Blood in urine, freaking out!

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New Member

Date Joined Dec 2016
Total Posts : 1
   Posted 12/31/2016 2:56 PM (GMT -6)   
Hello, I've had visible blood in my urine for a week now. Went to ER the day after it started and had bloodwork (all ok) urine analysis (positive for blood, protein and white blood cells) and ultra sound (large kidney stone in left kidney). The doctor said the kidney stone wasn't doing anything though and probably wasn't the cause of the blood. I have no pain to speak of... Maybe the odd twinge here and there but nothing that would stand out if it weren't for the blood in my urine. Doctor sent me home with antibiotics as he suspected the blood was caused by a particular bacteria and still waiting on results of urine culture. Been taking the antibiotic now for 7 days, blood had stopped a few days ago but started again yesterday (along with a yeast infection and constant diarrhea from the antibiotics...sorry TMI). I'm trying to drink lots of water which dilutes the urine and makes it look clear but if I don't, the blood is visible. I'm seriously freaking out right now about what the heck is wrong with me! I'm 36 years old, female, I have Crohn's disease (in remission) but no other health problems. No family history of bladder or kidney issues. This has never happened to me before so it's totally new and scaring the heck out of me. Could it be the kidney stone even though I don't have any real pain and the doctor said he didn't think so? I have a follow up appointment with my GP next week but the waiting and not knowing is killing me. I just keep thinking it's cancer sad Thanks for reading!

Bay Area Guy
Regular Member

Date Joined Jul 2010
Total Posts : 301
   Posted 1/2/2017 8:45 PM (GMT -6)   
Hello cgbee. Sorry for the delay in writing. I don't come here as often as I did before.

Yes. While blood in the urine can be a sign of kidney cancer, it can also be other things. When I was going to a urologist, I was told that something as simple as running long distances on a regular basis can cause people to have blood in the urine.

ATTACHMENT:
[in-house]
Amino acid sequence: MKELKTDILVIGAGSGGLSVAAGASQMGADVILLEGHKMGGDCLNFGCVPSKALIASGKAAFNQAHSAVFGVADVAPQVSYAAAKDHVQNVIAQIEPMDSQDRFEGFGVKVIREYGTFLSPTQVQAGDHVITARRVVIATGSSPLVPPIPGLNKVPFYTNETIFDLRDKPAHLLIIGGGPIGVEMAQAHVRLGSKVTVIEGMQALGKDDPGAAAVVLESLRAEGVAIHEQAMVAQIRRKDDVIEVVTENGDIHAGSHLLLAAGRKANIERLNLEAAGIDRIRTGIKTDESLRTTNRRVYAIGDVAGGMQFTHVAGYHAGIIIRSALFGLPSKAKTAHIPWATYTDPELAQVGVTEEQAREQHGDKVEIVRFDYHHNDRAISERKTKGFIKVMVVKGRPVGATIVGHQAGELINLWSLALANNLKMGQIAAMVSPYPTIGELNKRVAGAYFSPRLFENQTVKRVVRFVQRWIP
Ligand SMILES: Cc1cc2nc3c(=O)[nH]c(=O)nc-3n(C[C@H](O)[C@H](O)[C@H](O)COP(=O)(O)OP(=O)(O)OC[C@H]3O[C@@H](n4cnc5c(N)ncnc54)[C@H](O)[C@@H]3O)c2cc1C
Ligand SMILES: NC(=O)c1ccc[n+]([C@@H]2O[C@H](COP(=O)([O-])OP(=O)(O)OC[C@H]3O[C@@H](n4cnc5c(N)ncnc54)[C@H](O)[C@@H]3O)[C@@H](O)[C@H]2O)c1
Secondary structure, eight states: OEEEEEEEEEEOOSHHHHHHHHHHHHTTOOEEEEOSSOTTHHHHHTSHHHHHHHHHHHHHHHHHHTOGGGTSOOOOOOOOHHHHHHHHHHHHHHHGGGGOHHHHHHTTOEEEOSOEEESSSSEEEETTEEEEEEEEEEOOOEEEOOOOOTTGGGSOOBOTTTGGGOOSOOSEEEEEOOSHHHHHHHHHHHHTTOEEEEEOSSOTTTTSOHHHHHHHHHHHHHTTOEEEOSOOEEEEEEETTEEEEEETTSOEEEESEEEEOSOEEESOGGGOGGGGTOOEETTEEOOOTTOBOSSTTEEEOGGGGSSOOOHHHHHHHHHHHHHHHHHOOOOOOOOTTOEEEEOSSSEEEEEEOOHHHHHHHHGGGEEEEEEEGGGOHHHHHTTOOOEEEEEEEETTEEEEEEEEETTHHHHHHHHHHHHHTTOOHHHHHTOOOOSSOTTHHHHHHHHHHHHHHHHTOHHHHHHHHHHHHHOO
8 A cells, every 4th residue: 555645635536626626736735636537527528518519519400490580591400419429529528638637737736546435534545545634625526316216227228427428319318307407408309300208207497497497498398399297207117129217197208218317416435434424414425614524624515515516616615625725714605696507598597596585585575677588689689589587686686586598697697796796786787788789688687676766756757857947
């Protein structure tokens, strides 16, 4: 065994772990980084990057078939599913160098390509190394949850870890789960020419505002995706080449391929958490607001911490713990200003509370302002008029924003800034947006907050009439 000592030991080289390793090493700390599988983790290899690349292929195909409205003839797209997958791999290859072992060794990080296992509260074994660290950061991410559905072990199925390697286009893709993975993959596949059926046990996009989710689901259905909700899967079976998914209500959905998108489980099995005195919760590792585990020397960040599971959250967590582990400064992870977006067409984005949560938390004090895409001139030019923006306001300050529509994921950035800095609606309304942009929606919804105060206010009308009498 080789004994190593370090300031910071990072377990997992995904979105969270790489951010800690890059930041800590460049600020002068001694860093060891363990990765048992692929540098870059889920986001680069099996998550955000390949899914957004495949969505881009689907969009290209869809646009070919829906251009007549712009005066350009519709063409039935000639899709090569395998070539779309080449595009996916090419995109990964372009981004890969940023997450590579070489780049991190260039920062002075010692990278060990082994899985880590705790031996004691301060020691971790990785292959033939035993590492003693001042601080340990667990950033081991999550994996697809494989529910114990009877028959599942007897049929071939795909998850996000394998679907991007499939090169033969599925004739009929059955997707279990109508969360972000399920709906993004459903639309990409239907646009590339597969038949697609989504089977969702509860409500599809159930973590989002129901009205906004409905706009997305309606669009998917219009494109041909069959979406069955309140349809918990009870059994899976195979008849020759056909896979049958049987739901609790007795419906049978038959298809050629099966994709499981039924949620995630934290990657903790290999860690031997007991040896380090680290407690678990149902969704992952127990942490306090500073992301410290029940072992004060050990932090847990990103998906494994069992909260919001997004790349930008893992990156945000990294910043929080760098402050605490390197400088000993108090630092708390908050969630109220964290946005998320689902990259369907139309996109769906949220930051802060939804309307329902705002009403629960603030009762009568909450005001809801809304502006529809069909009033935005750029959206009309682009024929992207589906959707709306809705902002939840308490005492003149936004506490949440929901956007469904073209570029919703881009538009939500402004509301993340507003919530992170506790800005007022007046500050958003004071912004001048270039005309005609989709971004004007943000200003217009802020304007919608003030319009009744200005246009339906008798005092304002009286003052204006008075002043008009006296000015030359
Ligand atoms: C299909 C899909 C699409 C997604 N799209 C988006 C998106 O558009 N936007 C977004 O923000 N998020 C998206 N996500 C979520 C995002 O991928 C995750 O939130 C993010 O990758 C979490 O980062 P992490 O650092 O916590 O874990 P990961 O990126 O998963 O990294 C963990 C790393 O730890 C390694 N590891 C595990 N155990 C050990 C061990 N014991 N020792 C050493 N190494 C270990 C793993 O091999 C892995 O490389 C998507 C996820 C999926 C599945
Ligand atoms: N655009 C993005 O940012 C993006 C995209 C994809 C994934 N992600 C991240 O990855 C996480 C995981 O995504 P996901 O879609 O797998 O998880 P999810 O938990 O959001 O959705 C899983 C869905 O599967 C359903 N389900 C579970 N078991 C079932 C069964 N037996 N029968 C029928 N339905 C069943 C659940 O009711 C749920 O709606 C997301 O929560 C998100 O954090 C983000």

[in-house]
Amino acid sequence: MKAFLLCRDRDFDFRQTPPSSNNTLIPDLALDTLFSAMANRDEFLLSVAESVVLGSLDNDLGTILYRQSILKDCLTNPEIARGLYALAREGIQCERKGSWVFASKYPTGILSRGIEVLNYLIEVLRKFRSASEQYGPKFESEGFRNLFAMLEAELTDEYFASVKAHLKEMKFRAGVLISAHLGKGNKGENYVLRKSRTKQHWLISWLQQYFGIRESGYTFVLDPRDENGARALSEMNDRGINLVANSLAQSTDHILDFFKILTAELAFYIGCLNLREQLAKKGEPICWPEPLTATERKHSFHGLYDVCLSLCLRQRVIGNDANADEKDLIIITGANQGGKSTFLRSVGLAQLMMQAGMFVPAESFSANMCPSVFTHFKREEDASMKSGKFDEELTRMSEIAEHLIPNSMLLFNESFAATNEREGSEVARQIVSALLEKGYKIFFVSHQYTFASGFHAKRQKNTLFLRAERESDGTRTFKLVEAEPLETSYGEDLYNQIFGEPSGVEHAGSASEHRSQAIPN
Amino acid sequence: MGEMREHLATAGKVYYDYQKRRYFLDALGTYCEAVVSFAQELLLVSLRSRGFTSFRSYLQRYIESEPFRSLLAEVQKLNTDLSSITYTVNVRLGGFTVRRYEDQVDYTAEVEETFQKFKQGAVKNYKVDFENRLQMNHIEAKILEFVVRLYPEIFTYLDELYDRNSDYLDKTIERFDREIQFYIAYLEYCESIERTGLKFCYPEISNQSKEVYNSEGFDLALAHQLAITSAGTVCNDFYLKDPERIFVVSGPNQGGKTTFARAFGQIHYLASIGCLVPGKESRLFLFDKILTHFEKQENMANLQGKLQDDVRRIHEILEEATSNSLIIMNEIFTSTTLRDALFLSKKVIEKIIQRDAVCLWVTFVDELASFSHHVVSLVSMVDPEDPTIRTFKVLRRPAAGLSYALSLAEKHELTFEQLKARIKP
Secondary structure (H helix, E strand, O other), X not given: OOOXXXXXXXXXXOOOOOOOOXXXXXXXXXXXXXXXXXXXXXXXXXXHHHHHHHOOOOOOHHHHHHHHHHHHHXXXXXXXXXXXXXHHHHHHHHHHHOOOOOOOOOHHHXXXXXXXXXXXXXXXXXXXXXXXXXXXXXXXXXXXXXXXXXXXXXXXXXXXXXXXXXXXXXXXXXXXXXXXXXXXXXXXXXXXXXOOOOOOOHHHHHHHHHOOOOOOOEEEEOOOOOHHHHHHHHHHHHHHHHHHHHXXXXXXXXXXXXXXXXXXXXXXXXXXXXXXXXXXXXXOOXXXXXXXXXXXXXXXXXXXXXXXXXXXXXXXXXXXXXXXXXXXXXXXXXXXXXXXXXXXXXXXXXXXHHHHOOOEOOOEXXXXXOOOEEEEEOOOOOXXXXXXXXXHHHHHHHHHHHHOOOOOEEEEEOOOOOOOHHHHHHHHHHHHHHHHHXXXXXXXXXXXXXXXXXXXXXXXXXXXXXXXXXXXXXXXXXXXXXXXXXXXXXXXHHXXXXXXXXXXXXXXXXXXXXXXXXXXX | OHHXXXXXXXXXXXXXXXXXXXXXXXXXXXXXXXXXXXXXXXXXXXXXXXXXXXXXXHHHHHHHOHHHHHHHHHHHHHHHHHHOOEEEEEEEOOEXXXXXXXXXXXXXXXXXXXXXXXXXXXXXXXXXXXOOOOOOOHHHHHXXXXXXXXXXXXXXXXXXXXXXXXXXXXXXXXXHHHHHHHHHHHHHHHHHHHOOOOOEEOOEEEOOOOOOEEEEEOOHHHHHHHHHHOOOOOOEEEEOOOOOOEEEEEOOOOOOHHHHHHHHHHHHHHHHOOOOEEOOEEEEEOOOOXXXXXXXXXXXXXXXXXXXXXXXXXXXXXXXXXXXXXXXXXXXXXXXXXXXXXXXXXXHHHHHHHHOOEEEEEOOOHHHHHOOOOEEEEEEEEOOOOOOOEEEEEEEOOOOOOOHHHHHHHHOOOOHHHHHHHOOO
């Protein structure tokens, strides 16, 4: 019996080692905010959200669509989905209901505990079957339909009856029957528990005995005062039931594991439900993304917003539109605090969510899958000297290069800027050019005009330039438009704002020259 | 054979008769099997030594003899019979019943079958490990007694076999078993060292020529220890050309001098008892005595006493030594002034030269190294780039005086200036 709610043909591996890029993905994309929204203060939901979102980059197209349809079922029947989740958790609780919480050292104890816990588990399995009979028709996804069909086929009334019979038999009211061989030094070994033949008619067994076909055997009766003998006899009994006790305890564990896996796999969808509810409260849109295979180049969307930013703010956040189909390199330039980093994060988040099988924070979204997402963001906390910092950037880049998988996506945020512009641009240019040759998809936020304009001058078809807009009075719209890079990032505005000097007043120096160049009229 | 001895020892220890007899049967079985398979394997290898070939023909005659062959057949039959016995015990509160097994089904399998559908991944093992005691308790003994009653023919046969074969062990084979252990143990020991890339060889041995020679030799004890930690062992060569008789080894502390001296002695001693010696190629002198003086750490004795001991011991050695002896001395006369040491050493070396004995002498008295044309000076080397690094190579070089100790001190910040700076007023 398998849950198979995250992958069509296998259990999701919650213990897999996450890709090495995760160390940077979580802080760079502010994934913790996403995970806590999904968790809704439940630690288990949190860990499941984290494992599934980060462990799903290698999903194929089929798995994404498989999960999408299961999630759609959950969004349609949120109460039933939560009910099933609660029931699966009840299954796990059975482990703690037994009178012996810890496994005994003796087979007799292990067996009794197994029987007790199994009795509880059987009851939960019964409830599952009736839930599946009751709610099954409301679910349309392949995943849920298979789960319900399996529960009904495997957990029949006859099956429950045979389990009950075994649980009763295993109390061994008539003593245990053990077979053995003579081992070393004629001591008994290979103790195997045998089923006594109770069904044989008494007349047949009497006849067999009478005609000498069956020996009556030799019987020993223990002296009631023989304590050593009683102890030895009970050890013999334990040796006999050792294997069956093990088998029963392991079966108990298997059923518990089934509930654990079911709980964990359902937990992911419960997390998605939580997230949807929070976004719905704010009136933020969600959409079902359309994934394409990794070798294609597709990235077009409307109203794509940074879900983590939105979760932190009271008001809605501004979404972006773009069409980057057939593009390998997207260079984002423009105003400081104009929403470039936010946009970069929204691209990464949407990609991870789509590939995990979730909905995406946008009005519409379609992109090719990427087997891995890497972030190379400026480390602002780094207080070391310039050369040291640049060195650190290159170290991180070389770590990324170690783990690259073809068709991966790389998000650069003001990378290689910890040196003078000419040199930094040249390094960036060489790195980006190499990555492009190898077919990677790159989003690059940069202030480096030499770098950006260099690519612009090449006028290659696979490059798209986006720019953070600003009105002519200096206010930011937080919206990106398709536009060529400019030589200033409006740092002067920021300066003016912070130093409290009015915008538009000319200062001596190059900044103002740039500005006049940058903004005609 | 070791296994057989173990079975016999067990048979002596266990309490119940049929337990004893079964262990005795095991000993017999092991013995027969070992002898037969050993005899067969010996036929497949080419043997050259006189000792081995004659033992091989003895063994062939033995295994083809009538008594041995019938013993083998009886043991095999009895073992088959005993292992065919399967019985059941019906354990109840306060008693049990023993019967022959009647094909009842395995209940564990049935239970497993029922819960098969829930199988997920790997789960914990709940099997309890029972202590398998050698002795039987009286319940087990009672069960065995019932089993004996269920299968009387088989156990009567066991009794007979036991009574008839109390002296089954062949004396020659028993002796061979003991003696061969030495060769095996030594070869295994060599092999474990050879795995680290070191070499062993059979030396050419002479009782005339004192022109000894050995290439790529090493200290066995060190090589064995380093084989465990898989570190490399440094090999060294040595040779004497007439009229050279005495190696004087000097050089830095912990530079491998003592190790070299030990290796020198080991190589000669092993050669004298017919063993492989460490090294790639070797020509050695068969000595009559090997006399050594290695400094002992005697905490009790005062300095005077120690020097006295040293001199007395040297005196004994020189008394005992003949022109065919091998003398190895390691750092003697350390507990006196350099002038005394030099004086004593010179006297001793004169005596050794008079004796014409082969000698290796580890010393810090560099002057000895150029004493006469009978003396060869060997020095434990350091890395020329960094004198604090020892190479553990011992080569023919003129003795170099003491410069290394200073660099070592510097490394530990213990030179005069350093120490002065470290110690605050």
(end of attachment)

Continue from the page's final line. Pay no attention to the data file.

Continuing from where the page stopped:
When you see your primary care physician, it's likely he (or she) will have you get a CT scan. Those seem to give the greatest detail for examination of the kidneys and that will tell you if it's actually the stone causing the problem, or some other issue.

Now, even if it turns out to be kidney cancer (otherwise known as RCC or renal cell carcinoma), it's very treatable. Surgery is the gold standard of treatment, but, depending on the size and location in the kidney, it's possible to have minimally invasive surgery (which I had in June, 2016) or a technique called ablation. In ablation (typically done on an outpatient basis), long, thin needles are inserted through the skin and into the kidney. The tips of these needles are then either superheated (RF or radio frequency ablation) or supercooled (cryoablation) and the lesion is either cooked or frozen, thereby killing it. Ablation has about a 90% success rate in eradicating the disease entirely, while surgery is close to 100% successful. Again, the success rate of both is dependent on the size and location of a lesion.

I was 60 at the time of my surgery. I chose surgery over ablation because of the higher success rate (although ablation can be repeated) and because my urologist and the surgeon I had both said I was in fantastic physical condition, so the surgery would not be an issue. They typically recommend ablation for less healthy patients. The surgery was minimally invasive, was robotic assisted and was a partial nephrectomy.....only a small part of my kidney got taken out. (If the whole kidney were to be removed, it would be called a radical nephrectomy.) My surgery started at 3PM (which made for a very stressful day) and I was released from the hospital the next day at 1:30PM. I had little to no post-op pain and my wife and I were in Japan for a 17 day trip less than three months later, so recuperation wasn't very difficult, at least compared to stomach surgeries I've had in the past.

So, blood in the urine isn't something to be taken lightly. So it's good you're having a followup appoint with your own doctor. But for peace of mind, ask for a CT scan. And if you need any other information, don't hesitate to respond.
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